Blog Posts for Public Art

Midden Mound Wickiups

Posted by Buster Simpson, Aug 18, 2017 0 comments

Two sets of wickiups—simple domed structures associated with Native Americans of the Southwest—perched at the top of a manmade mound of a repurposed landfill site—now Pearsall Park—invite you to take in an interesting 360-degree view of San Antonio. The wickiup structures suggest an overlay to the history of this site: a large decommissioned city landfill repurposed into a contemporary City Park. The landfill is our cultural midden; the artwork appropriates the site as a social and ecological comment on consumption.

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Discovering Philadelphia with “47 Stories”

Posted by Laura Kochman, Aug 18, 2017 0 comments

47 Stories reimagined Philadelphia's north-south-running 47 bus route, telling the stories of the immigrant and refugee communities that are connected from bus stop to bus stop. Through interviews, audio collage, alternative map designs, and a wrapped SEPTA bus, artists Shira Walinsky and Laura Deutch activated the public space of city transit in a new way. The goal was to make immigrant and refugee communities visible, to acknowledge and bring attention to their contributions to Philadelphia.

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The Making of Trumpet Flower

Posted by Patrick Renner, Aug 17, 2017 0 comments

Trumpet Flower was a labor of love, and at times it felt Sisyphean. In this case, the proverbial boulder was a horn-shaped monstrosity crafted from wood and steel, and the corresponding mountain was a six-story building which would support this towering artwork as it twisted up from the downtown Houston main street. Not only a feat of engineering and a marvel of craftsmanship, Trumpet Flower was also a great opportunity for community engagement. Taking Renner’s popular “painting party” activity to the next level, Flying Carpet invited the public to come make their mark on the sculpture, and Houstonians turned out en masse.

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Amiskwaciw Wâskâyhkan Ihtâwin :: Community Engagement: Genius Loci of Place

Posted by Destiny Swiderski , Aug 17, 2017 0 comments

For an artist, the initial concept for a public art project can be an exciting experience followed by anxious moments of uncertainty. Thinking of a concept that speaks to the public, while reflecting the values of your own artistic expression, is a challenging task. Questions preoccupied me as I conceptualized and created Amiskwaciw Wâskâyhkan Ihtâwin, a three-dimensional gateway/mural located in downtown Edmonton, Alberta. My awareness of Edmonton’s historic role as a gathering place for Indigenous peoples provided an essential clue to uncovering the essence of this special park.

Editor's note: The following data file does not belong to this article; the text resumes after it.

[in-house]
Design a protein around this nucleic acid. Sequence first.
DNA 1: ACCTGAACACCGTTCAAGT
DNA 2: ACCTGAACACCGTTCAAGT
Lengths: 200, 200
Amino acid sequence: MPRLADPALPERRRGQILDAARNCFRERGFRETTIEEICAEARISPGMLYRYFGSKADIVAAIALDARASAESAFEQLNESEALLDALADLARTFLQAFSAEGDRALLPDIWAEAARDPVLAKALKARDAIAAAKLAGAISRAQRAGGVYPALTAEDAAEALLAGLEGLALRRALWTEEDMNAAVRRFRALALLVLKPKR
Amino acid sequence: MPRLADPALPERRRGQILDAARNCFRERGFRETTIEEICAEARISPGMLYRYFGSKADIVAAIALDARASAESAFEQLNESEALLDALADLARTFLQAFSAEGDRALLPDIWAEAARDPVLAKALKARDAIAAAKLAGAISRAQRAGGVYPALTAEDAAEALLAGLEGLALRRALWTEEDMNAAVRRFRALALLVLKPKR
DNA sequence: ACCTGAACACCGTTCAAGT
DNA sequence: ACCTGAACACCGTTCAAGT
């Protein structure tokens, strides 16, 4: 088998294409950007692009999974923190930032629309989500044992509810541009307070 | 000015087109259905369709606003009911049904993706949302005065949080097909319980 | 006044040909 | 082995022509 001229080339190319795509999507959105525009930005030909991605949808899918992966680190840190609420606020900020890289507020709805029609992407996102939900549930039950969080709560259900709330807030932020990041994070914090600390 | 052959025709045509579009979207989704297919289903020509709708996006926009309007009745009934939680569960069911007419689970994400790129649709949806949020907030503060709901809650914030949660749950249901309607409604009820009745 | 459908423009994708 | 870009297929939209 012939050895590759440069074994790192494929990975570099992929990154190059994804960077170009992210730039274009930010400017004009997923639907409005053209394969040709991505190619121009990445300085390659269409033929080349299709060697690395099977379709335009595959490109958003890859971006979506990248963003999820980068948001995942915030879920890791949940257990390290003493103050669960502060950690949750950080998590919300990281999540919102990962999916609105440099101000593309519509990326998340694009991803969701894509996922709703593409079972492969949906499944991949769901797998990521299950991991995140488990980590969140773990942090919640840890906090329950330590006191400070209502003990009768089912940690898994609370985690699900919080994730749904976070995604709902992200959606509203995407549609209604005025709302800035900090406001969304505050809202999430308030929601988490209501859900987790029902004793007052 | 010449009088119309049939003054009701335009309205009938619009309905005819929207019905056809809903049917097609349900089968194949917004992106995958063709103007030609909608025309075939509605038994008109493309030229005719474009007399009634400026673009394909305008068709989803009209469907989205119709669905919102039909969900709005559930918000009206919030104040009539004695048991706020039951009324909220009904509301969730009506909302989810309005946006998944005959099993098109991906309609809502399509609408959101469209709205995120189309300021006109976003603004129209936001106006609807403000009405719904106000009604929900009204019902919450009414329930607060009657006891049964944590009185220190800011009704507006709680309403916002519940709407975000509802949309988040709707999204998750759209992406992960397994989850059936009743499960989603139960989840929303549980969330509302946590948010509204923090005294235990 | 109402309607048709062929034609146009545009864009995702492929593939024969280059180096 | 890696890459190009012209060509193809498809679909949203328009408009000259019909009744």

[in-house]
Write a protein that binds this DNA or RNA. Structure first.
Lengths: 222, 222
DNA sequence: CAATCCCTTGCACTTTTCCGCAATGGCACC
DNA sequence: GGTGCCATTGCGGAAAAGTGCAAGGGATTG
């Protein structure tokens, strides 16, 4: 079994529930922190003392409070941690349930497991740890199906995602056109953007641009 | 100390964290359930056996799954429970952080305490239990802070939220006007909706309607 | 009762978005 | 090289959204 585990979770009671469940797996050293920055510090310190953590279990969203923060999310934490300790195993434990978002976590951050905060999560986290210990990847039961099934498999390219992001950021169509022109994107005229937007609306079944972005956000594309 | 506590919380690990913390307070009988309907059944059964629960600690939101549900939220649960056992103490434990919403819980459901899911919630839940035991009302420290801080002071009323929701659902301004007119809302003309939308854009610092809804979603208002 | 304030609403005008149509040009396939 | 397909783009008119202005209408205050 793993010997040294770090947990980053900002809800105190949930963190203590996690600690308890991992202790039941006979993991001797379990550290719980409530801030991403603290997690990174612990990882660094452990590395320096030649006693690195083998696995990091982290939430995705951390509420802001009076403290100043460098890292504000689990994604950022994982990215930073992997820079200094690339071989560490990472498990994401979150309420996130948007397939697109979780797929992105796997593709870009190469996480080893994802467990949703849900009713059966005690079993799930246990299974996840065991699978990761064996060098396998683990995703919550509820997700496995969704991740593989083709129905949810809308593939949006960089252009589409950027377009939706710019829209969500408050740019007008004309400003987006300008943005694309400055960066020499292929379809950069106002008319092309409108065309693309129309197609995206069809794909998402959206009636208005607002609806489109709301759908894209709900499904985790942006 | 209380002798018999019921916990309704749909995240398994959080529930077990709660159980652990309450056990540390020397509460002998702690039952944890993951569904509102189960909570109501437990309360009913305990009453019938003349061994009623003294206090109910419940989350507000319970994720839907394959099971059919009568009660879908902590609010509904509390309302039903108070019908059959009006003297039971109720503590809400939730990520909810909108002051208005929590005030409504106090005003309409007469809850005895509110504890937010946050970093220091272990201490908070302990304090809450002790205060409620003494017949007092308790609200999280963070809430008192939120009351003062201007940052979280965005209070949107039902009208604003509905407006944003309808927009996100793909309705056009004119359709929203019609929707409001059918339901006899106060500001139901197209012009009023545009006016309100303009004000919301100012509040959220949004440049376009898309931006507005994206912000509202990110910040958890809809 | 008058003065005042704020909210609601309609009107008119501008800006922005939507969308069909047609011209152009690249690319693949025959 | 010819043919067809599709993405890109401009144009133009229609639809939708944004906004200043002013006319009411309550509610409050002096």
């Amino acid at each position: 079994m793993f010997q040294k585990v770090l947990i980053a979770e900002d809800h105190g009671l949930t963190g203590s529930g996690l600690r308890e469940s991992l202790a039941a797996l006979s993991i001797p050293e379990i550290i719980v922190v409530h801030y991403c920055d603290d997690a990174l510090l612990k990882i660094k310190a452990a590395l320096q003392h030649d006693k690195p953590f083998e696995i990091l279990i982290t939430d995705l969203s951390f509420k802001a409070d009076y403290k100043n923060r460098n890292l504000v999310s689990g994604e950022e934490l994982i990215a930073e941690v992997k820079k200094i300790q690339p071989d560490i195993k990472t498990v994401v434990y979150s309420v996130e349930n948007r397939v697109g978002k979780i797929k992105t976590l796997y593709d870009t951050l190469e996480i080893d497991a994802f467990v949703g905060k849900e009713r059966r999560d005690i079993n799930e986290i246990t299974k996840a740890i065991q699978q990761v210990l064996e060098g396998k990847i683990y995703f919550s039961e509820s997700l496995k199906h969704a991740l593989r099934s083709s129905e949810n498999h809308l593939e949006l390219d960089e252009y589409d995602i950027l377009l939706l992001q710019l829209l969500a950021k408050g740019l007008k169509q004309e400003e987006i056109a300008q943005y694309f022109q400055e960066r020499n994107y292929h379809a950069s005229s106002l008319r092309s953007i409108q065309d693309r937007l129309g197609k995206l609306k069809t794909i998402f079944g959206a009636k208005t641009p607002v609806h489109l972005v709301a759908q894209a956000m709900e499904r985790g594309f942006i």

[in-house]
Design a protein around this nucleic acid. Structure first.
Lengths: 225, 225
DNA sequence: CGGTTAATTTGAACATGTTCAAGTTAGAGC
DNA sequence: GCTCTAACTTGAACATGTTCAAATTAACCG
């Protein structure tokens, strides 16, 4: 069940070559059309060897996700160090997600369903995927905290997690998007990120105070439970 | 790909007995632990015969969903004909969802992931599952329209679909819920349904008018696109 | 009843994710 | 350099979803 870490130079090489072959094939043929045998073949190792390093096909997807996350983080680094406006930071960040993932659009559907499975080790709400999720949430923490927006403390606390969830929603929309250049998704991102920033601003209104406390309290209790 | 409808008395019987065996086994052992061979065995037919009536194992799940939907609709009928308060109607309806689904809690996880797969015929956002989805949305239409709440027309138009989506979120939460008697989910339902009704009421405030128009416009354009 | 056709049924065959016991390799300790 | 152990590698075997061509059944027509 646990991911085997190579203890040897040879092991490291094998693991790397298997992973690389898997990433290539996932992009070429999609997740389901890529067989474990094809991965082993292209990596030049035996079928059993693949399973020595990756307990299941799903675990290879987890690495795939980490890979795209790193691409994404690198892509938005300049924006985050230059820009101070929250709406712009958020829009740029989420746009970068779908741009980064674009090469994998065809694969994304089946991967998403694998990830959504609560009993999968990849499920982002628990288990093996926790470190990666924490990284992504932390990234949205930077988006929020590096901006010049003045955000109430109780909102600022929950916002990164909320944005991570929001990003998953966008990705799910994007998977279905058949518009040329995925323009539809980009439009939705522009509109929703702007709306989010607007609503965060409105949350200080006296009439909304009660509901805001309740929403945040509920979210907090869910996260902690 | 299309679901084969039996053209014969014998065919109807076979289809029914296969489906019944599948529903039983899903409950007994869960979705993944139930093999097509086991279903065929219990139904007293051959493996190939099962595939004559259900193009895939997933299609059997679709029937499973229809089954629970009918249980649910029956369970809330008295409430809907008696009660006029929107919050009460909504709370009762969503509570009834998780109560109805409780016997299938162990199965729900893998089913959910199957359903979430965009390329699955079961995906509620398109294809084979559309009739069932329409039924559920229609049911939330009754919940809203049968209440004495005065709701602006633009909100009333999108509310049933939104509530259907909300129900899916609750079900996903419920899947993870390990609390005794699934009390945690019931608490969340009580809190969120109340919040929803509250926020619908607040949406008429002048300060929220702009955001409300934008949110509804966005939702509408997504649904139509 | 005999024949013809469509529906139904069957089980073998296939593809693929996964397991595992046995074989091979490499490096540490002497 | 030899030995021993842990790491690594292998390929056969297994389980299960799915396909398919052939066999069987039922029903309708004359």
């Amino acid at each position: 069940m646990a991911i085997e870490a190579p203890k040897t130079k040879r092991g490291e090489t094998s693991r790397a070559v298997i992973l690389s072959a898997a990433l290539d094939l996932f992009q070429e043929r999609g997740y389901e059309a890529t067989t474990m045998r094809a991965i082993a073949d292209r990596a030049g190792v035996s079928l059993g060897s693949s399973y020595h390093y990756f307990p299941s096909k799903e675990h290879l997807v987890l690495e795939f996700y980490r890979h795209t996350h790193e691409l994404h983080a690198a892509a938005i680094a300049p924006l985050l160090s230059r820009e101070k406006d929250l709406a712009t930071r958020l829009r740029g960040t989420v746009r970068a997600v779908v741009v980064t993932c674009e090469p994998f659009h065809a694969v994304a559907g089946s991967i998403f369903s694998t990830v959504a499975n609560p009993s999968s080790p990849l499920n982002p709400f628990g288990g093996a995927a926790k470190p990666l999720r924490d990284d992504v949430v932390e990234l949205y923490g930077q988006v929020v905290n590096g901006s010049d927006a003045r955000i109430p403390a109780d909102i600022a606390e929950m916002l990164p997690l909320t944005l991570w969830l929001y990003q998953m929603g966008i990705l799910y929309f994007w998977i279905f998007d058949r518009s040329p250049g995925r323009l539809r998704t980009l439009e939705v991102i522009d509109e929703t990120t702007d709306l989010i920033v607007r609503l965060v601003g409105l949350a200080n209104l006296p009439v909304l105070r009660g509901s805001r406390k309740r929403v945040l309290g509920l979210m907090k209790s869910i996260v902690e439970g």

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Prototyping: Again, with feeling!

Posted by Daily tous les jours, Aug 17, 2017 0 comments

An iterative process is often useful, especially in the context of interactive public art: the collective public has a genius ability to subvert or repurpose objects and installations from their intended purpose. It can therefore be very helpful to periodically get something into the hands of someone who hasn’t been immersed in the project since its conception to see what they will do with it. Workshops with the communities that will ultimately be served by a project can serve as valuable de facto prototyping sessions as well.

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Part to Part: Building “Under Magnitude”

Posted by Marc Fornes, Aug 16, 2017 0 comments

Under Magnitude is a two-story tall permanent structure suspended in the atrium of Orlando's Orange County Convention Center that carves a three-dimensional impact into an otherwise vast space. The story behind the design and construction of the project is that it further evolves my invention of “Structural Stripes”: the fundamental premise of the studio to unite surface, skin, and space into a holistic and never-before-seen system.

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